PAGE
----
What I wish I knew when I became a social entrepreneur
25 April 2017 - Keshav Bhatt

Screen Shot 2017-04-25 at 17.28.52Pausing to reflect … is not the same as thinking we are at the destination.

Although I have been running Revolution Hive for a few years, and we have made a lot of progress since then, we actually decided to go onto an incubator programme last year. Although the team had mixed thoughts about how valuable this would be, considering we had already been around a little while, we can honestly say it was massively helpful; and as we reflect on that experience and the learning from the programme, I have been thinking about the journey of any entrepreneur with an early-stage venture. Here are my thoughts:

What’s most important when trying to successfully build an impactful social start-up?

  1.  Give people ownership & trust. When you’re a founder, it’s easy become a burden to the business. Many people mistakenly see their social innovation as their “baby” – and certainly did too. I understand why, you’ve chosen this path of uncertainty, and it’s required a lot of sacrifice, so you want to really hold onto it and nurture it as much as you can, you want to be a key part of every action. However, this has an effect on your decision making in a way that limits its potential. Instead of seeing the business as your baby you have to realise that you are your business’ baby. You are there to play an important role, but that role is centred around doing whatever the mission asks of you. So the question is, are you willing to step aside and let other people lead the way? If there was a better CEO for example, would you be open to stepping aside and allowing them to take command? I started the company in late 2012 and took it as far as I could. On that part of the journey, I met some incredible people, from clients, to suppliers to the people who helped to deliver our services to customers; and as much as my ego loved being the main man, who led on every area of work, I had to put that to one side and build a credible team. So throughout 2016, I began to bring some of these amazing people together and form a group of powerful players that could move us closer to our vision. In doing this, I give them a real stake in the company and focused on creating a culture that allowed us to thrive.
  2.  Sustainable iteration. In contrast to the popular narrative, I think we often favour growth unnecessarily. Stability is massively underrated and it’s important to know the right timing for creating changes. Sometimes it’s more effective and actually wiser to maintain the level you are at, in terms of impact and operations, then work on refining the details. For example, are you developing your product(s) in an extraordinary manner? Have you assessed the efficiency of your route to market? Are your customers left feeling thrilled? What’s your team culture like? Are you led by the proof of your revenue and sales, or  led by what you think the market wants?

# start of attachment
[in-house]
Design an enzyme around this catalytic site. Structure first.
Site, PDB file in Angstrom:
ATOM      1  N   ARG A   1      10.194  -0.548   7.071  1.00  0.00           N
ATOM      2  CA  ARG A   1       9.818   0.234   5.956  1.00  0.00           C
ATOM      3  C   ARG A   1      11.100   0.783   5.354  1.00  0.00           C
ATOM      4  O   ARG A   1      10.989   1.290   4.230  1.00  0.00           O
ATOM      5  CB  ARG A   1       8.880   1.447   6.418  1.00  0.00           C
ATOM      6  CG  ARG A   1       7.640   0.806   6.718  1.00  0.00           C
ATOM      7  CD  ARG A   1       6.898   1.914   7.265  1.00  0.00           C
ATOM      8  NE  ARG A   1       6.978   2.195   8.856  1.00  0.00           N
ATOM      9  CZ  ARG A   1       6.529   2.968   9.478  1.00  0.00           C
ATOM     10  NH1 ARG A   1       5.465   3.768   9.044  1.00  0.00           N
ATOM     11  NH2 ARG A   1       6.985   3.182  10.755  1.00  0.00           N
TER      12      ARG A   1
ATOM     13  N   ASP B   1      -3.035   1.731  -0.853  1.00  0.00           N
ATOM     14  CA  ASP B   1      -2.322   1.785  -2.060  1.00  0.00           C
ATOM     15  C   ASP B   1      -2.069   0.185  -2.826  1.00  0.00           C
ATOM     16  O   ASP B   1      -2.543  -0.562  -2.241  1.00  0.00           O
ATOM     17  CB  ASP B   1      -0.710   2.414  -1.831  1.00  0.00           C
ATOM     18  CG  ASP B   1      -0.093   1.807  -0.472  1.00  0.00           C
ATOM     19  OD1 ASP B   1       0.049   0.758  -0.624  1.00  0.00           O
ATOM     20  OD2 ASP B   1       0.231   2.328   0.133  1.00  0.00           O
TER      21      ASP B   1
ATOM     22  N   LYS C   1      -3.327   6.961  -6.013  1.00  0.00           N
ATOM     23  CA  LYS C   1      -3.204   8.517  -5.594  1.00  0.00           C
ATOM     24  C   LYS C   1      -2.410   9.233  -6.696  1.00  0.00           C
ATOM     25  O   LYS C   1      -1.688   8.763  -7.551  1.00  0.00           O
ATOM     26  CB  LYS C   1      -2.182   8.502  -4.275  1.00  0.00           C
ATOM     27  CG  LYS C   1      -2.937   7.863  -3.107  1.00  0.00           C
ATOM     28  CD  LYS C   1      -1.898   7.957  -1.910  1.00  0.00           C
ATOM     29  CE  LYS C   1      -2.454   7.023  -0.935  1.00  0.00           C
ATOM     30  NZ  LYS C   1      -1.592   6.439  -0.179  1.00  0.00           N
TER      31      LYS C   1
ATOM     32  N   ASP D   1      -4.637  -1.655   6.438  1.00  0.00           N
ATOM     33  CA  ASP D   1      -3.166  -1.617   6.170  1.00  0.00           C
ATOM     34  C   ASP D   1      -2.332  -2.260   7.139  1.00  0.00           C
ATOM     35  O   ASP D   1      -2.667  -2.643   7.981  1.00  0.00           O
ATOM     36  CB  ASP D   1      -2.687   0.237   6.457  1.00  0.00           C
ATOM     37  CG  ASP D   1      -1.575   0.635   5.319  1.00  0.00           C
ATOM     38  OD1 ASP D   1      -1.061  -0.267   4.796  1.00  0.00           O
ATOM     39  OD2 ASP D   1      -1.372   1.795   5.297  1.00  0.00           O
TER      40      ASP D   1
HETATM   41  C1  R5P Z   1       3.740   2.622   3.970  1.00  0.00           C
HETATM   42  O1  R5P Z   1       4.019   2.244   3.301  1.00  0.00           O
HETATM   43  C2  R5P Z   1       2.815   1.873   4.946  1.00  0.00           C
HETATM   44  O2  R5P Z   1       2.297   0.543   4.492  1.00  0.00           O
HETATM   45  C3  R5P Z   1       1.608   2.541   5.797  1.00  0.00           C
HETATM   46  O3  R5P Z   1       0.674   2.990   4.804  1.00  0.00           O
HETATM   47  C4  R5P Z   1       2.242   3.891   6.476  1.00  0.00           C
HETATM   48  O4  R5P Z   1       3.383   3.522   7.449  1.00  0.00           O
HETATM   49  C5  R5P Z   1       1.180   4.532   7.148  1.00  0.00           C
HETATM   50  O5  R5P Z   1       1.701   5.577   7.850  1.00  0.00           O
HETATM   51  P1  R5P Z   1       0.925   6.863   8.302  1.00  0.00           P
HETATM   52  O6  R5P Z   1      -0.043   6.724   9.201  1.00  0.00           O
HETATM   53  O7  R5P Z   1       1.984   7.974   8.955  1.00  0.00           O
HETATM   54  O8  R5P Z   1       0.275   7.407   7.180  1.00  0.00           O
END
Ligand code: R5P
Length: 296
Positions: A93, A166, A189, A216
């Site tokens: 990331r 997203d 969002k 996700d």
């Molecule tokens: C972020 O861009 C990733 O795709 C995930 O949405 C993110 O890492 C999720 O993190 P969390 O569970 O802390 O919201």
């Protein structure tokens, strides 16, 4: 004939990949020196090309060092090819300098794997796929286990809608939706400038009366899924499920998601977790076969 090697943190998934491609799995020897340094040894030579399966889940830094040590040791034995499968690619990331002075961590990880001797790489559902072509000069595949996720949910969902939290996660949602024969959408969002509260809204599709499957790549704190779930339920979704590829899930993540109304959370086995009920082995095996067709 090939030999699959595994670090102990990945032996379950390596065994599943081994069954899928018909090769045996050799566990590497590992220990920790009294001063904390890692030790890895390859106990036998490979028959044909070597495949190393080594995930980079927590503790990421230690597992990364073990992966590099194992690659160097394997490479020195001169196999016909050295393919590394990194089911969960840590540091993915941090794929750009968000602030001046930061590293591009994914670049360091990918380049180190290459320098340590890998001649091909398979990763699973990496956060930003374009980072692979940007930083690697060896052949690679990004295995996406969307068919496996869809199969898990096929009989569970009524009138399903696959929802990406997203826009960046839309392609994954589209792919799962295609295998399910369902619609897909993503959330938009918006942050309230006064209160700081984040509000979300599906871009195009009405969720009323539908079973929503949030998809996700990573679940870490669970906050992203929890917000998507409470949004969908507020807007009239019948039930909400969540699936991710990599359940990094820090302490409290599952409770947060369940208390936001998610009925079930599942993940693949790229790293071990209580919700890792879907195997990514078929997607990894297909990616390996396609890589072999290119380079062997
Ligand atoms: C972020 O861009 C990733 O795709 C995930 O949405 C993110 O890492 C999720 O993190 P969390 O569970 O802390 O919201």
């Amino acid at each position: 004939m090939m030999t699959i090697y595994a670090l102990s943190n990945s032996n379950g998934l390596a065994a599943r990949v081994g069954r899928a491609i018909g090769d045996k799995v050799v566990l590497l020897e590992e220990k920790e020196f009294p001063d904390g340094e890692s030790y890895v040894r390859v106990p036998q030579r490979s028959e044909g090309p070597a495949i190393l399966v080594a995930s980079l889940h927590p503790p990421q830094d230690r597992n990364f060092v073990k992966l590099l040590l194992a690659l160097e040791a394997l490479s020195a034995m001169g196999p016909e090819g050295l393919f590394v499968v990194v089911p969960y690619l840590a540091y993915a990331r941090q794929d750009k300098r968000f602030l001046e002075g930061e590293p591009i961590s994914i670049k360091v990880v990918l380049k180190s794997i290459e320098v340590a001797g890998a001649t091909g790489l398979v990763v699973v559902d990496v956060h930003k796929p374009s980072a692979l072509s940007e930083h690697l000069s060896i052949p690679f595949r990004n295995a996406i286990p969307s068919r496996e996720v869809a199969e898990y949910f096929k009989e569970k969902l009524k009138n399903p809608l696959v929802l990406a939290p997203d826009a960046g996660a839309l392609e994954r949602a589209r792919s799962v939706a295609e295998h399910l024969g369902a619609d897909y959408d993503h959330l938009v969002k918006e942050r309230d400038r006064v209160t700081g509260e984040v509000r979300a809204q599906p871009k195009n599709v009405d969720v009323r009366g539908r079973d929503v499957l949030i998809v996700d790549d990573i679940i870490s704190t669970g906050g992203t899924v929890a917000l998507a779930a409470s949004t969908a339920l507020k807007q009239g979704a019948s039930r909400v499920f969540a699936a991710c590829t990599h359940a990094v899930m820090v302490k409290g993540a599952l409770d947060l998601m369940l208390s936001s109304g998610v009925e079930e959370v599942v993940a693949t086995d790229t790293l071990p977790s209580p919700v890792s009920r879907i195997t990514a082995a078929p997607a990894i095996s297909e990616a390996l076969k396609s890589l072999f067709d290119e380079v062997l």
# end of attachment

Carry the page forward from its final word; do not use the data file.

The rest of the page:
3.  Read & research widely. You absolutely have to make sure you are investing time in learning if you are a leader in your organisation – not those who are given titles, those that lead by nature. Last year, I read 50 books and wrote a summary for each one. I go to professional training days every month. I seek guidance and support from people more experienced than me in my industry, to try and improve every day. The better informed you are, the more effective decisions you will make. Now let’s say you’ve read 100 books, engage in regular conversations with experts and have received masses of training, that one decision you make is likely to be so much more lucrative for your business.

Everyone experiences individual, and business, challenges on this journey … what were my biggest?

In all honesty, when I started, I didn’t have a business model and had to learn the mindset of an entrepreneur. I started Revolution Hive from my bedroom, and at the time, me and my brother shared a room. So yep, you guessed it, sometimes I would be on calls with clients, as a young 21-year-old trying to make a name for myself, and he’s making noise in the background or trying to put me off. It really wasn’t easy. There were many things I wasn’t sure of, but I knew there was a real gap in my market, and that many others felt the same. At times it has been slow and unclear how and if things would change but thankfully, with all of the help I’ve received and the adjustments and iterations I’ve made, I’ve been able to develop something better over time.

Is there anything I’d do differently if I had to make the journey again?

Said with the most humility, if I could start again I would tell the 21-year-old me to trust in himself and keep at it. Practically though, I would definitely look spend a bit more time creating quality in all of my work. There’s no reason to rush the process. Whether making a video for YouTube or designing a workshop, immediate efficiency doesn’t have to be prioritised, so don’t feel you have to cut any corners. It’s better to simplify, do one thing really well and then go from there. Books I’d recommend when starting though, are Second Bounce of the Ball by Ronald Cohen & Doing Good Better by William MacAskill.


Keshav Bhatt is the founder of Revolution Hive, a social enterprise which aims to equip young people for life, and ensure they are able to deal with the biggest personal and social challenges of the 21st century.